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PAVITRA RISHTA – The Individual or the Family?

Will they or won’t they? In case you are confused, the topic for discussion here is the impending divorce of Archana and Manav of Zee Tv’s Pavitra Rishta. Trust Ekta Kapoor and Balaji Telefilms to stretch out what must be one page of writing into seven days worth of prime time television. So while the main players just want to get on with their respective lives (at least that is what they would like to believe) by signing on the dotted line; those around them are trying their level best to stop the duo and make them see sense. This brings us to a very interesting point-the role of family in India in the very private affair called marriage. And especially so in today’s transient times where live in relationships seem to be what young couples would be most comfortable with. Serials like Pavitra Rishta go a long way in enforcing and re-establishing the role of family in the institution of marriage.

Unlike the West, where marriage is most often looked upon to be a relationship between two consenting individuals, marriage in India has been very much a ‘family’ affair. It is the family which decides who gets to marry whom; like it was Archana’s Aai who handpicks her suitors and finally her husband. Similarly, it is her mother who is eager to get her divorced from her husband, Manav, because it is her view that he is not ‘good enough for her beloved Archana’. Here Archana’s feelings and views are of secondary importance. Archana and Manav too, are considered to be ‘good and dutiful’ since they follow and agree to whatever their elders and the larger family unit has to say.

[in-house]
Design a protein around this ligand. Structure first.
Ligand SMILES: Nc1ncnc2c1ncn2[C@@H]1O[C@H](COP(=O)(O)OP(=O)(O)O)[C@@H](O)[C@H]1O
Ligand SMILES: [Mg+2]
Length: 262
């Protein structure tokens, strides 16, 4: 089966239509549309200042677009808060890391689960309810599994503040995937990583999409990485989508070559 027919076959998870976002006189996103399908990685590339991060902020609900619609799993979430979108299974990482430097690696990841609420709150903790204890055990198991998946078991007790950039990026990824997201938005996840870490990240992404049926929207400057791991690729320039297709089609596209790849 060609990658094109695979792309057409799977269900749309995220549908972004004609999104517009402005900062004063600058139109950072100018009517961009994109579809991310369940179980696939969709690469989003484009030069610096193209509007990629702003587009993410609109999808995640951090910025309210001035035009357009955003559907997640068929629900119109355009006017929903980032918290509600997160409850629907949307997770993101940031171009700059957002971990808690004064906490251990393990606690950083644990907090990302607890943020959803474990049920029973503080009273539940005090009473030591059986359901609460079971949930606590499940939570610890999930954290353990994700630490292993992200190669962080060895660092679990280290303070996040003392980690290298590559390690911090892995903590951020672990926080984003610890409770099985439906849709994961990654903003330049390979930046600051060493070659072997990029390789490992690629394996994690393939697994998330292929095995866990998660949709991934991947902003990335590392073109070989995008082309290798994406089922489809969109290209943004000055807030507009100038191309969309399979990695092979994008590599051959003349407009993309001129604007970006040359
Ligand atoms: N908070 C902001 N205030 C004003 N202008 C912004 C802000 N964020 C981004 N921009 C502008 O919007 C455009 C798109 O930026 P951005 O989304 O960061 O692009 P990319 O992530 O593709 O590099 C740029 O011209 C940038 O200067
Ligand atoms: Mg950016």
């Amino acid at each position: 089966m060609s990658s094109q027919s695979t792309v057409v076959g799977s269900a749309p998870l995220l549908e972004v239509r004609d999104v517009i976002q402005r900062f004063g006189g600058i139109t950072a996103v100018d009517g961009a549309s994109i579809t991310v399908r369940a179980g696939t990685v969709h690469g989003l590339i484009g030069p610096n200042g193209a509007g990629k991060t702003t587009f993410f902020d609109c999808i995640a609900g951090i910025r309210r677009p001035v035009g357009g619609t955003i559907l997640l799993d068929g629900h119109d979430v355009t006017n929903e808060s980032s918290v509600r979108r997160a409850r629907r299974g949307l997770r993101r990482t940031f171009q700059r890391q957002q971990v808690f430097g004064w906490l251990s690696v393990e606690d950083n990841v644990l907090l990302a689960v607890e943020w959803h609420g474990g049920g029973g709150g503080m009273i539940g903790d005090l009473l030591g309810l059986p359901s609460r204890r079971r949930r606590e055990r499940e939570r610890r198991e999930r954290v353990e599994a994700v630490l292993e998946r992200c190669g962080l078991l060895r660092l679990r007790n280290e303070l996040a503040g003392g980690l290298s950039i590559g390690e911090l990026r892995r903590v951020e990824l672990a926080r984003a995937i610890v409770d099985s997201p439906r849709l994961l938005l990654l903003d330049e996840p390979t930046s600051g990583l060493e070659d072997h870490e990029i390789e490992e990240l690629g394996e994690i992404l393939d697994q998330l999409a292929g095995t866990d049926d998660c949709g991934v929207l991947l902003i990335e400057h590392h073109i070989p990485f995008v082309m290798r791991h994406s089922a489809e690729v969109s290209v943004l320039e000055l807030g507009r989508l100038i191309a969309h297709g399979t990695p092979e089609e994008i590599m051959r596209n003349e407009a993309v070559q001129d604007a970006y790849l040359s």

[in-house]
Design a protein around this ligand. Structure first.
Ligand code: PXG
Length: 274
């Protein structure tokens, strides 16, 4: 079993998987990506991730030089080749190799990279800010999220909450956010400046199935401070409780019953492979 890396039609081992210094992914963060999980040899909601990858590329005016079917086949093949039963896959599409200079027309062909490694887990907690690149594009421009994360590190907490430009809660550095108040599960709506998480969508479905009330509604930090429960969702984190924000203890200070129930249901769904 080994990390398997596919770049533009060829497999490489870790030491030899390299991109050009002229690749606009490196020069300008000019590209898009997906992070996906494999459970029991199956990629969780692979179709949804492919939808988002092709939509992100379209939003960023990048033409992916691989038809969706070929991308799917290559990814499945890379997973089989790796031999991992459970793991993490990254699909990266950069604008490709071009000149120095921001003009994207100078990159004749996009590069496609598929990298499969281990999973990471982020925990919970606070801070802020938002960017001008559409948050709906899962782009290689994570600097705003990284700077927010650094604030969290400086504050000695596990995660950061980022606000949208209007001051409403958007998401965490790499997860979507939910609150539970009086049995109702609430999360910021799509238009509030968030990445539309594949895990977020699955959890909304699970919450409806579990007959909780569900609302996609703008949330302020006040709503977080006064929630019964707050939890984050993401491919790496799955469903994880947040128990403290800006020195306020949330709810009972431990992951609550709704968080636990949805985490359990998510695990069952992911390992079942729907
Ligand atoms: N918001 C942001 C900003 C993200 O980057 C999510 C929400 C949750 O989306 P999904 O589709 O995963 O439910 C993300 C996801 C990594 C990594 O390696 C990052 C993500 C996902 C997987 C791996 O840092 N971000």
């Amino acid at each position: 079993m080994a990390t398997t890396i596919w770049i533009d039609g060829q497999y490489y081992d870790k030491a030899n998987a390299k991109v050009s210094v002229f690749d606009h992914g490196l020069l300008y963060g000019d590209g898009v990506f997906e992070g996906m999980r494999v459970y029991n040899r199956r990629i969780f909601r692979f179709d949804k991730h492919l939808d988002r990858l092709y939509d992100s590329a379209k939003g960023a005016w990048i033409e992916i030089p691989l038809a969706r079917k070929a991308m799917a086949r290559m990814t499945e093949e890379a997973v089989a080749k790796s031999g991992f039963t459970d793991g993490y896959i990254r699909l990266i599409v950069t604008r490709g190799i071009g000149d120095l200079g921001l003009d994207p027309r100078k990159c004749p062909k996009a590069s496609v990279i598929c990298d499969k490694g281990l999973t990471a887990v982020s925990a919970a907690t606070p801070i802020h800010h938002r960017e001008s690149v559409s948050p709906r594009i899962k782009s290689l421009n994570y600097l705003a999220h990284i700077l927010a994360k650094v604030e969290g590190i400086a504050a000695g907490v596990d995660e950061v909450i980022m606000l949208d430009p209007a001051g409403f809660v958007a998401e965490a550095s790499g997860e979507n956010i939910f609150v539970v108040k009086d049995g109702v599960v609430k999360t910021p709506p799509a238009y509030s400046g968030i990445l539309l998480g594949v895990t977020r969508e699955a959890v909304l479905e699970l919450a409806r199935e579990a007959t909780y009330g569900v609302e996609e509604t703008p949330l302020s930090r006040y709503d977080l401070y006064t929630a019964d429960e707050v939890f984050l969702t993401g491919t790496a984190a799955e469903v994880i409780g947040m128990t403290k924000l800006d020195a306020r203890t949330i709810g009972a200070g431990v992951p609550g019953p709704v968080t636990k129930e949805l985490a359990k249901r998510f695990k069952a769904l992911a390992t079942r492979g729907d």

On the other hand, Archana’s sister-in-law who is keen on setting up a nuclear family unit is cast as the trouble-maker. Similarly, Archana’s younger sister Varsha, had to undergo the heartbreak of a bad relationship in order to understand that her individualistic take on life and relationship is all wrong. Her being dumped by her lover (a much married man) is seen as her just punishment for daring to stray from the notions enforced by her Aai. She is now back in the family fold as the dutiful daughter who realises that the family is always right.


Wouldn’t it be lovely for once to watch characters that are not cast as black and white based purely on their views on individuality? The family has to give space to its constituent element-the single person-so that he/she can grow and realise their full potential. Otherwise the degeneration of the larger whole into fragments is inevitable. For how long can you stretch the elasticity of the bond (?) without it snapping into pieces? Serials too need to mirror this reality of society-that of families where the individual is not lost in a crowd, for in a crowd even your shadow is lost to you.

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